The first thing you need to know about this book is that I hated it. I intensely disliked Briony, from the very beginning of the story – even before all the miscommunication and misunderstandings happened. In fact, there wasn’t really a single character I did like in this novel. I’m not sure if this is the way McEwan intended to write it, but that’s the way it struck me. All of the characters were so selfish and proud, with the small exception of a shell-shocked Robbie as he struggled to survive.
“There was a shout of ‘Take cover!’ and before anyone could even glance round, the mountain of uniforms was detonated. It began to snow tiny pieces of dark green serge.” – p 228
If you don’t know the synopsis of this story by now, I’d be surprised. Here’s a quick rundown. Briony is a young girl living in the English countryside with her family – which includes an older brother, Leon, and an older sister, Cecilia. Briony’s cousins come to stay with the family which brings the vain and dramatic Lola – the eldest. When Briony witnesses a scene fraught with romantic tension between Cecilia and Robbie, the maid’s son and a somewhat ward of the family, she relates it to Lola – who convinces her Robbie is a sex maniac. Circumstances against Robbie build, at least in Briony’s mind, as she continues to misconstrue every event of the day, leading up to the evening; when Briony lets her imagination believe Robbie is capable of rape, and accuses him of it. Robbie and Cecilia, who are in love, are separated.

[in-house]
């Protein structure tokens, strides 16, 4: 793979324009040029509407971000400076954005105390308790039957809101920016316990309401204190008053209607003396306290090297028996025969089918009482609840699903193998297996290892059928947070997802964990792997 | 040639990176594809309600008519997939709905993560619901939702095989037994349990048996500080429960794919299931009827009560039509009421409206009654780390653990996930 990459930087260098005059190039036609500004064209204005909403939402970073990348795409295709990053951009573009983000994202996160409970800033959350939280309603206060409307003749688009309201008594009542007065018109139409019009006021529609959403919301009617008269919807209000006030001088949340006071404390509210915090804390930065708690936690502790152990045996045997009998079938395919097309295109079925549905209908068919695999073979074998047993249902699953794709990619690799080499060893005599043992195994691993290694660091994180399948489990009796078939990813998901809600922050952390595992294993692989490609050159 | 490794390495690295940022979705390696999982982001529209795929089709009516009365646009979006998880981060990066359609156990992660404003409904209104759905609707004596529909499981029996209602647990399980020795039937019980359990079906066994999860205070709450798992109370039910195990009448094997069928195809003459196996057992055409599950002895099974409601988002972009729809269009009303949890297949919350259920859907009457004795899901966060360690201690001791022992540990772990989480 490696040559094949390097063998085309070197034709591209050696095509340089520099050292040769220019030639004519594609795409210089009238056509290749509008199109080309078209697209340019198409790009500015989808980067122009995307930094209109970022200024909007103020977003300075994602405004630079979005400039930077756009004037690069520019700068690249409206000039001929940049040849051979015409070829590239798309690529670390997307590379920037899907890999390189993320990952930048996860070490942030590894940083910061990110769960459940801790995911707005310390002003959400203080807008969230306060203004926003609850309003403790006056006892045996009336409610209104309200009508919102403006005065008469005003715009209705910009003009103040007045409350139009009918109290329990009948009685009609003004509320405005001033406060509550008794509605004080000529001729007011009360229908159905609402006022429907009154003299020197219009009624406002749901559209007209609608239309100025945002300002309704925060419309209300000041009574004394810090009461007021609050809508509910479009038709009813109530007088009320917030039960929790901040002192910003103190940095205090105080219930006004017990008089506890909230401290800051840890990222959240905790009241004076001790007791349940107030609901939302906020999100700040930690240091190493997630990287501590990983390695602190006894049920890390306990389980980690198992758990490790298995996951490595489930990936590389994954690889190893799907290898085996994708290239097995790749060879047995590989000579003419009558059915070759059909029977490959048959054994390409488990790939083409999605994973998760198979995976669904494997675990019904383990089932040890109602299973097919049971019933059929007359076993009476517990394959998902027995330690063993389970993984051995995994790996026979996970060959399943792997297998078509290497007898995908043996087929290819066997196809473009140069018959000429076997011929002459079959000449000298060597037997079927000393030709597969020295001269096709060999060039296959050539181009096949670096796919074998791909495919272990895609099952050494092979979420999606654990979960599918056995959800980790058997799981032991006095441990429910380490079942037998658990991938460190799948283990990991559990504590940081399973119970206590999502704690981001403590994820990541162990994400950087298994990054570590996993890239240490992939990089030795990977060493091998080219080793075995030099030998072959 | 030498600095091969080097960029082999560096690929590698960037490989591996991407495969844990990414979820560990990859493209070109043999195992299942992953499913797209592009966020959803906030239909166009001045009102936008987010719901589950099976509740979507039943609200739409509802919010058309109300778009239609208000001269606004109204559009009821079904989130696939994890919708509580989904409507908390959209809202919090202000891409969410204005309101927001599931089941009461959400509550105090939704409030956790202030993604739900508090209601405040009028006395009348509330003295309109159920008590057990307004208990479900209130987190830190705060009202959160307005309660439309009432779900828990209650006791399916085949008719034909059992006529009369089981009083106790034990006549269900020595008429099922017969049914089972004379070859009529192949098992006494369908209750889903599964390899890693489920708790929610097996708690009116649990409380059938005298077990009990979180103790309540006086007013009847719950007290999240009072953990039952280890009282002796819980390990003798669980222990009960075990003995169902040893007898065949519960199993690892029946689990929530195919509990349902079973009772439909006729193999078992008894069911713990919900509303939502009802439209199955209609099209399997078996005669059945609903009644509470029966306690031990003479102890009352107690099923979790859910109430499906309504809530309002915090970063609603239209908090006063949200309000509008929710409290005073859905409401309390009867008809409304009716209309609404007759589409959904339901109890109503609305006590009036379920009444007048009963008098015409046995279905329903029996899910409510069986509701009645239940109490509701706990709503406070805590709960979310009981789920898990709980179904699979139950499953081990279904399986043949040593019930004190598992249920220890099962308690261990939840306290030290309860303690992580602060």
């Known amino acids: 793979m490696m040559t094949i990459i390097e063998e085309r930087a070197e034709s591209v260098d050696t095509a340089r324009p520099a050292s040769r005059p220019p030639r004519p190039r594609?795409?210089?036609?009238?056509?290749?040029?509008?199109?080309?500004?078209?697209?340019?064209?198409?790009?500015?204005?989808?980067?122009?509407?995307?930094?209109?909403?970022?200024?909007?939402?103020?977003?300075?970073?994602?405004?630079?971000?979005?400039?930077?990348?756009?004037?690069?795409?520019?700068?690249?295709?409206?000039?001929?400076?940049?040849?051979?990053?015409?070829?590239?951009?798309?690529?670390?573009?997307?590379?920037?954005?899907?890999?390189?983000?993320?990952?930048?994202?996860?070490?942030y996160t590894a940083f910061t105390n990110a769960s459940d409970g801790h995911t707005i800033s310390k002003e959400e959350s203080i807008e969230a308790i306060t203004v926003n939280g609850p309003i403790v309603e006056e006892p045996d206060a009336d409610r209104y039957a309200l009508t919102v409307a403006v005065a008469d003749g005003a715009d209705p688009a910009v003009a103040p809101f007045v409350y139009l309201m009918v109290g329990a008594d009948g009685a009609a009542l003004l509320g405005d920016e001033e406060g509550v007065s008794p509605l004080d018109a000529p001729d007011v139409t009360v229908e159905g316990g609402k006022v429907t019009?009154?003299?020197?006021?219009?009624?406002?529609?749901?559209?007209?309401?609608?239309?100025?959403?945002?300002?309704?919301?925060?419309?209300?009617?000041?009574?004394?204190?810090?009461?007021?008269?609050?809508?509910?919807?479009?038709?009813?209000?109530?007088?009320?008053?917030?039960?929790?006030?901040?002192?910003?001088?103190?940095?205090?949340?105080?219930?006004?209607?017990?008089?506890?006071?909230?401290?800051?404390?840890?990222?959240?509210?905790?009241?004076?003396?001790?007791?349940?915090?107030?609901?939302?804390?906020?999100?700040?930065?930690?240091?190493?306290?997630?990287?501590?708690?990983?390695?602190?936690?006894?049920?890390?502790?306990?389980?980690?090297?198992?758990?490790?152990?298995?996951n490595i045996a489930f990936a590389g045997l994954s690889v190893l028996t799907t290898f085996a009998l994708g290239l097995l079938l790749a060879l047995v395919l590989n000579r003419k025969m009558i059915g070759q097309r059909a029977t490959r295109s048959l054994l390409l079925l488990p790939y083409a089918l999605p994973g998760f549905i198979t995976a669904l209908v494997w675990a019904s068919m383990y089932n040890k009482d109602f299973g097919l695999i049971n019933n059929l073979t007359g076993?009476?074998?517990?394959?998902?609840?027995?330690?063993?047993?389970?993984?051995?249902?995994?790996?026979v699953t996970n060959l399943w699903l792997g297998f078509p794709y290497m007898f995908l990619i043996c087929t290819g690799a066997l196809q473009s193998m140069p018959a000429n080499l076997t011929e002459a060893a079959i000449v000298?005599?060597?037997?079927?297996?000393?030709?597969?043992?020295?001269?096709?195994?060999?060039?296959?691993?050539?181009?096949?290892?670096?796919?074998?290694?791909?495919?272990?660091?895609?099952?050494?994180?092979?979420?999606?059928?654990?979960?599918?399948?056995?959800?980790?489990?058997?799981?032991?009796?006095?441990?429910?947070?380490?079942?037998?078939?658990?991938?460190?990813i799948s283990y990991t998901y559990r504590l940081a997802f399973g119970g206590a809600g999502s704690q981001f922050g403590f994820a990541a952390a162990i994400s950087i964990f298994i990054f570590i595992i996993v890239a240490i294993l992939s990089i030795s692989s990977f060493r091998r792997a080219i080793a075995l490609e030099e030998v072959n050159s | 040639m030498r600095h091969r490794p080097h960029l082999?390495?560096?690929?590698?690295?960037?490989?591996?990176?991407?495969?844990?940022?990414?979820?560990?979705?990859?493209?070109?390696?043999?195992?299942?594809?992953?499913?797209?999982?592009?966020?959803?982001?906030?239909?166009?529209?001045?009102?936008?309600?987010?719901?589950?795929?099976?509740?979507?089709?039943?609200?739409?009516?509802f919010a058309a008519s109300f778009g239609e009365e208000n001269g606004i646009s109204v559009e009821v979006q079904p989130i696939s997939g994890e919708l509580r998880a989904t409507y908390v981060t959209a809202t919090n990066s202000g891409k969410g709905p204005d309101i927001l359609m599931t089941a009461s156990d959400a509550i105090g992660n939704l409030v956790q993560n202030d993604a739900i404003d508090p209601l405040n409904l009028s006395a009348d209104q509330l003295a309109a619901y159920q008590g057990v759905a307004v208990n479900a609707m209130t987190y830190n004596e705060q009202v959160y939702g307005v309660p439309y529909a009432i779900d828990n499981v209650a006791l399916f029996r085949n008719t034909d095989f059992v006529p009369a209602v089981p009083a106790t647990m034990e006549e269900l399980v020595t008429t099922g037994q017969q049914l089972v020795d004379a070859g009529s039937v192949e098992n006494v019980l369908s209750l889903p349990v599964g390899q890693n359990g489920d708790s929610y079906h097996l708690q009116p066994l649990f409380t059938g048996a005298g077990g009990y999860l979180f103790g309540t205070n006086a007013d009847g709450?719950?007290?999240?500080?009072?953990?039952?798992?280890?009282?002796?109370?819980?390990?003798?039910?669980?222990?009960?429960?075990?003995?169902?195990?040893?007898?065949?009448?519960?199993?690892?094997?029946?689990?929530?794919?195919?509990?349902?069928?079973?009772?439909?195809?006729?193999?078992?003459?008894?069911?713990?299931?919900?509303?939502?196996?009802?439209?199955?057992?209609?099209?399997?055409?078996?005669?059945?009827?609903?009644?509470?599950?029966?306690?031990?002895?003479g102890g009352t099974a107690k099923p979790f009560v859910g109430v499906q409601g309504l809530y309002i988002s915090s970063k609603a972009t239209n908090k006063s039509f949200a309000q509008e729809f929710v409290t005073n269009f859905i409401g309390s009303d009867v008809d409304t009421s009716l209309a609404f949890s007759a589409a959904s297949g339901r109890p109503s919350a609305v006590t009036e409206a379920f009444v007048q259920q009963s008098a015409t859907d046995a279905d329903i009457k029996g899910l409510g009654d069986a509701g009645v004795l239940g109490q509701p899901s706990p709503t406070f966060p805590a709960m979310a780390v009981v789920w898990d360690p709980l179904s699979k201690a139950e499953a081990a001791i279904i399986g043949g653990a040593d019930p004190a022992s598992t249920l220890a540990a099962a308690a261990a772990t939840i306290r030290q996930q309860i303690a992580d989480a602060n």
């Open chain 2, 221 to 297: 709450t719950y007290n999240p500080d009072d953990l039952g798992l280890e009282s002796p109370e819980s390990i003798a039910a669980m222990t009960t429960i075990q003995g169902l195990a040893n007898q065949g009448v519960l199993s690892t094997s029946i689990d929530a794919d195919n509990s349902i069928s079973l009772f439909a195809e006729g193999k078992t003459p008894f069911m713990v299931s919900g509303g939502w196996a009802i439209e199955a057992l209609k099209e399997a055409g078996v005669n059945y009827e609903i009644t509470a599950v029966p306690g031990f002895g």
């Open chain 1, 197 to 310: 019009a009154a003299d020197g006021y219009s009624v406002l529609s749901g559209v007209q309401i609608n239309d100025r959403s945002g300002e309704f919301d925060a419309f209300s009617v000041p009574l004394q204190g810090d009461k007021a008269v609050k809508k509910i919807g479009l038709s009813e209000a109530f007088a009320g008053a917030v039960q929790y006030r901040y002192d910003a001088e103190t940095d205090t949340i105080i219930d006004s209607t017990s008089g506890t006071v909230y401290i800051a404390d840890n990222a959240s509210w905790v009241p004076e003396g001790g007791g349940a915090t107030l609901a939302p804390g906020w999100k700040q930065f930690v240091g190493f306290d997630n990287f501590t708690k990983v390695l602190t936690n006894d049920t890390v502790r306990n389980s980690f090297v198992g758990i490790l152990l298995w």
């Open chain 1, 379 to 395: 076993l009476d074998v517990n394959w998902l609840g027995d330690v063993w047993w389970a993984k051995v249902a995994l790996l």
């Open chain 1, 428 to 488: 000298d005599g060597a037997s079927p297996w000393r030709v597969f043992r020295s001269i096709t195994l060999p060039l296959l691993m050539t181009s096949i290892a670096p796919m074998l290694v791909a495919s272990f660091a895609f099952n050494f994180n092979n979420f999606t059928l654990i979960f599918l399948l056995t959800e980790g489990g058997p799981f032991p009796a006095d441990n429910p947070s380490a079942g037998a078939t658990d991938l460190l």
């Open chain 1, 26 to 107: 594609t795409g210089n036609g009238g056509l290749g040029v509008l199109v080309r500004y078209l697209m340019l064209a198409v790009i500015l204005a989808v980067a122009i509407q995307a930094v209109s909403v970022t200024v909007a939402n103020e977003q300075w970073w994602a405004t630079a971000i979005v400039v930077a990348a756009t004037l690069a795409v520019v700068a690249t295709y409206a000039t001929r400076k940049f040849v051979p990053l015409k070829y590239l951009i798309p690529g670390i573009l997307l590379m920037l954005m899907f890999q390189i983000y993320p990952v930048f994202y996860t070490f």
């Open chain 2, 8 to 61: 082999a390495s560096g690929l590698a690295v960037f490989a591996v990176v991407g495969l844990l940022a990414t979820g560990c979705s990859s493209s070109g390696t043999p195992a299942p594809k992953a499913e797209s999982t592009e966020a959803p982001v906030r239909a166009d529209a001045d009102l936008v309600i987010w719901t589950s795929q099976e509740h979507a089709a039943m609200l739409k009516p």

Despite the fact I supremely disliked the book and all the characters within it, I did enjoy some of McEwan’s descriptive passages. He went a little overboard with them at times, but I never felt I didn’t have a grasp on where I was, what that place looked like, or how the character related to it.
“From this new and intimate perspective, she learned a simple, obvious thing she had always known, and everyone knew: that a person is, among all else, a material thing, easily torn, not easily mended.” – p 287
The final frustrating thing with this novel was it’s extreme predictability. For those of you who haven’t read it, I won’t ruin it…despite it being obvious. For this book being hailed a triumph, I thought it was kind of bland. A drama and depressing, to be sure, but nothing out of the ordinary.
Ian McEwan published “Atonement” in 2001.